Our data also demonstrate that release of Mrt4 from pre-60S particles requires the presence of P0. This conclusion is based on the fact that Mrt4-eGFP mislocalized to the cytoplasm upon P0 depletion (Figure 9), where it is still associated with high-molecular-mass complexes, most likely inactive almost mature 60S r-subunits lacking P0 (Figure 4B and C). These complexes strongly accumulated increasing the free 60S peak in polysome profiles even in the absence of bound Mrt4 (Figure 1D and F). Our experimental approaches do not address whether Mrt4 is preferentially released from pre-60S r-particles via a direct displacement by P0 or via a trans-acting factor. As above mentioned, it has been recently shown that Yvh1 is required for removing Mrt4 from late pre-60S r-particles that are then susceptible to bind P0 in the cytoplasm (A.W. Johnson, personal communication).
In apparent contradiction with the previous data, which strongly support that an important part of P0 is assembled in the cytoplasm after an exchange with Mrt4, the Nop7–TAP purified complexes contain a significant amount of both Mrt4 and P0. The presence of both proteins in these particles reflect heterogeneous composition since it is known that Nop7–TAP complexes are a mixture of several early, medium and even late pre-60S intermediates (10), see also (11,55). Nevertheless, since Nop7 seems to be a nuclear protein, which is unable to shuttle between the nucleus and the cytoplasm (Figure 6), some P0 must assemble in the nucleus. Accordingly, the study of the P0 assembly dynamics in the mrt4 null mutant also leads to interesting conclusions being the most obvious one that P0 does not strictly require Mrt4 for association with pre-60S r-particles. Strikingly, in mrt4 null cells, the amount of P0 increases in both Nop7-and Nug1–TAP particles to proportions close to that of mature ribosomes (Figure 7), indicating that in the absence of Mrt4, the nuclear assembly of P0 is enhanced. Some of these particles might be subjected to surveillance and degradation, which provide an explanation for the net 60S r-subunit deficit in mrt4 null cells; however, since active ribosomes are still synthesized in these cells, this alternative Mrt4-independent P0 assembly pathway that may operate even in the presence of Mrt4 cannot be excluded.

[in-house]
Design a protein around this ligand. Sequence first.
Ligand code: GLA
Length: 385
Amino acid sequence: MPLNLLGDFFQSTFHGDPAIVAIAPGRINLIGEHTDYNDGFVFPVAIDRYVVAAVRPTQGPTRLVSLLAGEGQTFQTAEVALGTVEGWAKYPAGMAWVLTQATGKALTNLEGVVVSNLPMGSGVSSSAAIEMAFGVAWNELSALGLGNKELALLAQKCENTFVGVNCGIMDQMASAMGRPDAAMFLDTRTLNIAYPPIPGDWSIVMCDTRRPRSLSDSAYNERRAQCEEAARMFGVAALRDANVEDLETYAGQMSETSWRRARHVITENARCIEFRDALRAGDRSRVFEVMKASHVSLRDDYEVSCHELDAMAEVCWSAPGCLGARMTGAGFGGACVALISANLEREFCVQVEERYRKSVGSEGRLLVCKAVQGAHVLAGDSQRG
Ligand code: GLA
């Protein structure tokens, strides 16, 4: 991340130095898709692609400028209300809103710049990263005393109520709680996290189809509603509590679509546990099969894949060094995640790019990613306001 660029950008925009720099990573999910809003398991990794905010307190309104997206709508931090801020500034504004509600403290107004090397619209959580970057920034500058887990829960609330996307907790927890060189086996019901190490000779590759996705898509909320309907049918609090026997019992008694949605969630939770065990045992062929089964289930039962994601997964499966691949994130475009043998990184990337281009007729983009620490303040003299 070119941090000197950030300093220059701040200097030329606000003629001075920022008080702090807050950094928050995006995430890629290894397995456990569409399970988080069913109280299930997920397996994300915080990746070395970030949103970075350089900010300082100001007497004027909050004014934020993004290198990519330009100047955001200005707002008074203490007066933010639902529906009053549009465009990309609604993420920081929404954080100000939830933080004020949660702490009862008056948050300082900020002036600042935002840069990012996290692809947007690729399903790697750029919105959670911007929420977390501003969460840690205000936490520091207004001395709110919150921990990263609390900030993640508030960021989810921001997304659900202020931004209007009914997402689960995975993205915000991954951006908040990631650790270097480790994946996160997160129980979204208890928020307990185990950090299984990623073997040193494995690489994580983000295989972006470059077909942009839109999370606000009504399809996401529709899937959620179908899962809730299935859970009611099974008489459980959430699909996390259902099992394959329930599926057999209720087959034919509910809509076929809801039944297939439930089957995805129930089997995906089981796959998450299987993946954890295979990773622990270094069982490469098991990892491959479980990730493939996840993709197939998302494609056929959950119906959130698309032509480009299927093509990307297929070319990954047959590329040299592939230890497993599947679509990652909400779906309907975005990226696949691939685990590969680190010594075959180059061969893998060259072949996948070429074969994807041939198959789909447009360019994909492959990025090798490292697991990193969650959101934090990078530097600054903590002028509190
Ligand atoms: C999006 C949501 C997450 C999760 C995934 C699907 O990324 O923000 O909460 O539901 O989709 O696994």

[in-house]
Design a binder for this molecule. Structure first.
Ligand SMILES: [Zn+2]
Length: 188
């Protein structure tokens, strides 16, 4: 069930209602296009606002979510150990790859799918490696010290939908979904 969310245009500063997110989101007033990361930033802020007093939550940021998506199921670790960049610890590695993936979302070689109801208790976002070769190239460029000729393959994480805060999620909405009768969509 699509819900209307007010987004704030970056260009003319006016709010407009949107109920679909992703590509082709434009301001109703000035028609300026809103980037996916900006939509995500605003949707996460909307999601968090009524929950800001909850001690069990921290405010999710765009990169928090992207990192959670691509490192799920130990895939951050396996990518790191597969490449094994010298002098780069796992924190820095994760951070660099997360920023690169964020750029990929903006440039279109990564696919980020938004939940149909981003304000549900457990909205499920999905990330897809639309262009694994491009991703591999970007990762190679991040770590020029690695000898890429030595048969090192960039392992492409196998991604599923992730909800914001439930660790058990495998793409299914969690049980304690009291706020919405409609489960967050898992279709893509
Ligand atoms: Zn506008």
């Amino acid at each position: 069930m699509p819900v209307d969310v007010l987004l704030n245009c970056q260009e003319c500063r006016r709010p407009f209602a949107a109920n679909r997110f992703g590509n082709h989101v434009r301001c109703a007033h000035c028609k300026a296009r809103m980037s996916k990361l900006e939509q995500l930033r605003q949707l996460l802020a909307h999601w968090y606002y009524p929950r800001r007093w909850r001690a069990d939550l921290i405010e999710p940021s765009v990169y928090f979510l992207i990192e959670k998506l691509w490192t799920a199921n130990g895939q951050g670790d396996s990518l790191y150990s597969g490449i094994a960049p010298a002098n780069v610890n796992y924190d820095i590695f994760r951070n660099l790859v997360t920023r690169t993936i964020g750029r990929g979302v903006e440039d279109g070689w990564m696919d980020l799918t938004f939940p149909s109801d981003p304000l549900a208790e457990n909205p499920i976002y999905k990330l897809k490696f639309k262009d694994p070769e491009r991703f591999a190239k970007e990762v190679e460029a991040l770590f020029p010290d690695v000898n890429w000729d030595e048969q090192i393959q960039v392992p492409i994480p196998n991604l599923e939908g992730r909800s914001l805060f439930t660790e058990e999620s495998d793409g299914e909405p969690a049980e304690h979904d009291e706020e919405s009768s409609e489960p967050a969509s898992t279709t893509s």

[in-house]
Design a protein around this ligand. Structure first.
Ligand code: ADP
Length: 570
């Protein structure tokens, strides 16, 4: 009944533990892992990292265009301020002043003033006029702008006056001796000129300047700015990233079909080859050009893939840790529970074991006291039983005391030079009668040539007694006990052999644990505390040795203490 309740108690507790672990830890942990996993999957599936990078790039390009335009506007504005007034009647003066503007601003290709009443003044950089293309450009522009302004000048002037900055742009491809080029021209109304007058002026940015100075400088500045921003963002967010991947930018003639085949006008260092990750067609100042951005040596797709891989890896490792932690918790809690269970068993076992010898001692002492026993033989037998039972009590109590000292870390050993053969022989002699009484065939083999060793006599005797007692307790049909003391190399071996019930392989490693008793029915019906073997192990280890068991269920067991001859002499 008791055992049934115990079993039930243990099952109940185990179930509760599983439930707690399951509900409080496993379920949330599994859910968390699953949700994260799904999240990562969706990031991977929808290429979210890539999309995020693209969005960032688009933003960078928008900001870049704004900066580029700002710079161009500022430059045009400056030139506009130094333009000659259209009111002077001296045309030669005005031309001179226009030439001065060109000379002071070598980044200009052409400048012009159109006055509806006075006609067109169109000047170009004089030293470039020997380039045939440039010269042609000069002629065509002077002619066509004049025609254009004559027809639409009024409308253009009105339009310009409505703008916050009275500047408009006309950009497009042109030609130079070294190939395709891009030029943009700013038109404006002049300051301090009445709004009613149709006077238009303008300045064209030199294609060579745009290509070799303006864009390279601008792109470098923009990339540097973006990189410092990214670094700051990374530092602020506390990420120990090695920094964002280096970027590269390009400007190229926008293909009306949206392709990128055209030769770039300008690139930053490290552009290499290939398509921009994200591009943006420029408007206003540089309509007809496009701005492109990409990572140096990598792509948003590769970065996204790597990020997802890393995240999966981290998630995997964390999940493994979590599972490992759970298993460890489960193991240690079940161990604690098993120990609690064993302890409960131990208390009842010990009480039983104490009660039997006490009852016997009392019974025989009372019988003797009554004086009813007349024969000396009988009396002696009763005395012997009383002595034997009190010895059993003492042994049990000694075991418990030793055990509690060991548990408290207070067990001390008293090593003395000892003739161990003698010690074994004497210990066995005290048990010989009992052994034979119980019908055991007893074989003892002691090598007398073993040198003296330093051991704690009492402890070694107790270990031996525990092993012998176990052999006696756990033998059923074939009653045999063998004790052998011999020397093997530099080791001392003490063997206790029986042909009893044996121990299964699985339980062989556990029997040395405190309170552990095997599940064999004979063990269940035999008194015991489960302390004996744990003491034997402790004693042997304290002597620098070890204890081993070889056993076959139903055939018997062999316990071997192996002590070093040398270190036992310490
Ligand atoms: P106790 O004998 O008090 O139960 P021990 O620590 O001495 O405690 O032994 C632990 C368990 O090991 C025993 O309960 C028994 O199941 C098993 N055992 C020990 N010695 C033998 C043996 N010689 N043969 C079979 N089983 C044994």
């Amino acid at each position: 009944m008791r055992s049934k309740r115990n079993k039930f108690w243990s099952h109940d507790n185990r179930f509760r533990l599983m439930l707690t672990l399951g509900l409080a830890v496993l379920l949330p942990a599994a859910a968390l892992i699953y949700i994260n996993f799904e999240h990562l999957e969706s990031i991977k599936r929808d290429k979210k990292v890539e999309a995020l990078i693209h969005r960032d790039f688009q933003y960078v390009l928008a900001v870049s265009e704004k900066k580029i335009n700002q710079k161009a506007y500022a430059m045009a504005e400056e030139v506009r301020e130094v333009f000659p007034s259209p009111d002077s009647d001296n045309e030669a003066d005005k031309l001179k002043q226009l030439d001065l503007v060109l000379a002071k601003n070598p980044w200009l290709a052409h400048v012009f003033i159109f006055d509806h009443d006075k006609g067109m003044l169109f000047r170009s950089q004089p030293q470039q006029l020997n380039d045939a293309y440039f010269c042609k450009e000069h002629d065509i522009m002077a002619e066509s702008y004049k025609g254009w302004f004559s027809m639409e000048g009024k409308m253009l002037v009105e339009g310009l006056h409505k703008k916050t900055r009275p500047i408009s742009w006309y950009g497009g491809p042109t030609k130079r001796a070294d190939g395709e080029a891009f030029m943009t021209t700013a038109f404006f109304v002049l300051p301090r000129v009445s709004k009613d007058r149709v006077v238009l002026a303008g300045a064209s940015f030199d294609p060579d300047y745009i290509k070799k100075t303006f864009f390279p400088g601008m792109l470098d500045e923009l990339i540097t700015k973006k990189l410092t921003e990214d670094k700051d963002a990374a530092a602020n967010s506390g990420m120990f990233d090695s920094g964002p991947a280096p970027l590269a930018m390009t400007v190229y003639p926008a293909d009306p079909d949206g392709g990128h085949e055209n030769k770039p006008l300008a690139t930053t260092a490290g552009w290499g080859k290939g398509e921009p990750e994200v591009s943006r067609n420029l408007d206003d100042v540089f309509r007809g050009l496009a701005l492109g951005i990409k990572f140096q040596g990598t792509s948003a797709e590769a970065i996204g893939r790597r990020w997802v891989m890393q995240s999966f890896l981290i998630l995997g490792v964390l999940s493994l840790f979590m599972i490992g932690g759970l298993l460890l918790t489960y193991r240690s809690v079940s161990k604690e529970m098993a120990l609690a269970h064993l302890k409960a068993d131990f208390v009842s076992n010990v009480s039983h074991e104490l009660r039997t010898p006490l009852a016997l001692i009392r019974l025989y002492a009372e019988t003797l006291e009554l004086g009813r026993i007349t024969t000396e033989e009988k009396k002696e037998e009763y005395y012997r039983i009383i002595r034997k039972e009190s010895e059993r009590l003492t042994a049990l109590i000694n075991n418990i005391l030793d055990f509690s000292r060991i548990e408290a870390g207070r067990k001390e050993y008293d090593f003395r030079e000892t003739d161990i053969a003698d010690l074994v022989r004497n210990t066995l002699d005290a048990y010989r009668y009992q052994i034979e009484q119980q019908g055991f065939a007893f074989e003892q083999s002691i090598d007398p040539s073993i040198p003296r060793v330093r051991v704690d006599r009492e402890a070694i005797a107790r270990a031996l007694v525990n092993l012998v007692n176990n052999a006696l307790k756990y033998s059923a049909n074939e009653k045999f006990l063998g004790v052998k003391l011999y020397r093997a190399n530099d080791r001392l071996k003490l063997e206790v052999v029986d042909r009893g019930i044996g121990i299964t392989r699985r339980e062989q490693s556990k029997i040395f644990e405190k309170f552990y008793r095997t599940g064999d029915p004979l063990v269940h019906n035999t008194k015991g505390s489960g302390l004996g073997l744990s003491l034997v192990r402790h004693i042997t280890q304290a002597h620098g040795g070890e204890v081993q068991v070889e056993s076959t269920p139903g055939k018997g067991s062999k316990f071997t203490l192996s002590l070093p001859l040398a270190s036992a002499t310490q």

Several arguments could help to understand the apparent discrepancy of the data supporting both a nuclear and a cytoplasmic assembly of P0: (i) the fraction of P0 that assemble in the nucleus could be minor versus that assembling in the cytoplasm and thus P0-eGFP should not be detected there after the LMB treatment, (ii) export of pre-60S r-particles containing P0 could be independent of Crm1, (iii) the GFP bait, although shown not to interfere with the function of P0 and its capability of association with nuclear Nop7–TAP complexes (Figure 7C), could influence the import of the P0-eGFP protein in the nucleus after the treatment with LMB, as earlier discussed (21). Further experiments are required to solve the questions raised; however, the possibility that ribosome biogenesis operates as a mesh of pathways rather than as a linear series of events has been previously suggested (12). This is an appealing possibility as a source of eukaryotic ribosome heterogeneity (72), which starts being considered on the bases of new ribosome-dependent translation regulatory mechanisms (42,73). The existence of alternative assembly pathways, at least for some r-components, might also explain some of the paradoxical paralogue-specific effects recently reported for duplicated genes encoding r-proteins (74). Figure S6 summarizes the conclusions of this study concerning the role of Mrt4 and the assembly of P0 in wild-type conditions, in the absence of Mrt4 or upon depletion of P0.
In Escherichia coli, L10 is a component of the RI50 complex, which is the first in vitro reconstitution intermediate of 50S r-subunits (75). In vivo, it seems that L10 assembles in the p150S complex, which is the earliest of the three pre-50S r-particles detected (76). Thus, the prokaryotic and eukaryotic scenarios seem to be different and it prompted us to speculate whether Mrt4 appeared during evolution to optimize ribosome assembly by preventing early P0 assembly. Our structural models indicate that P0 binds a little tighter than Mrt4 to the GAR domain (49); therefore, it is possible that the premature binding of P0 to early nuclear pre-ribosomal particles could impede its appropriate maturation by interfering in defined structural rearrangements within these particles. Additionally, replacement of an r-protein-like factor by its r-protein counterpart might provide directionality to the ribosome synthesis process throughout different subcellular regions (nucleolus, nucleoplasm, cytoplasm) and opportunities for quality control mechanisms. Mrt4-P0 is not the sole example of a paralogue pair comprised of a non-ribosomal factor and a r-protein. Factors Imp3, Rlp7, Rlp24 show significant homology to r-proteins Rps9, Rpl7 and Rpl24, respectively (24,77–79). It would be appealing to understand whether or not all these pairs have arisen during evolution to deal with similar situations during ribosome biogenesis.
Supplementary Data are available at NAR Online.
Spanish Ministry of Science and Innovation (MICINN) and FEDER (BFU2007-60151 to J.d.l.C., BFU2007-64280 to M.R. and BFU2006-00365 to J.P.G.B.), the Andalusian Government (CVI-271, P07-CVI-02623 and P08-CVI-03508 to J.d.l.C.) and Ramón Areces Foundation (Institutional Grant to C.B.M.S.O.). Funding for open access charge: Ministerio de Ciencia e Innovacion, Spain.
Conflict of interest statement. None declared.
The authors thank J.L. Woolford, Jr. for training M.R.-M. in his lab on the TAP method. We are indebted to the colleagues mentioned in the text for their gift of material used in this study. The authors are grateful to A. Fernández-Pevida for plasmid preparations. The authors thank A.W. Johnson for communicating results prior to publication. M.R.-M., J.J. G.-G. and R.F.-V. are recipients of FPI fellowships from MICINN.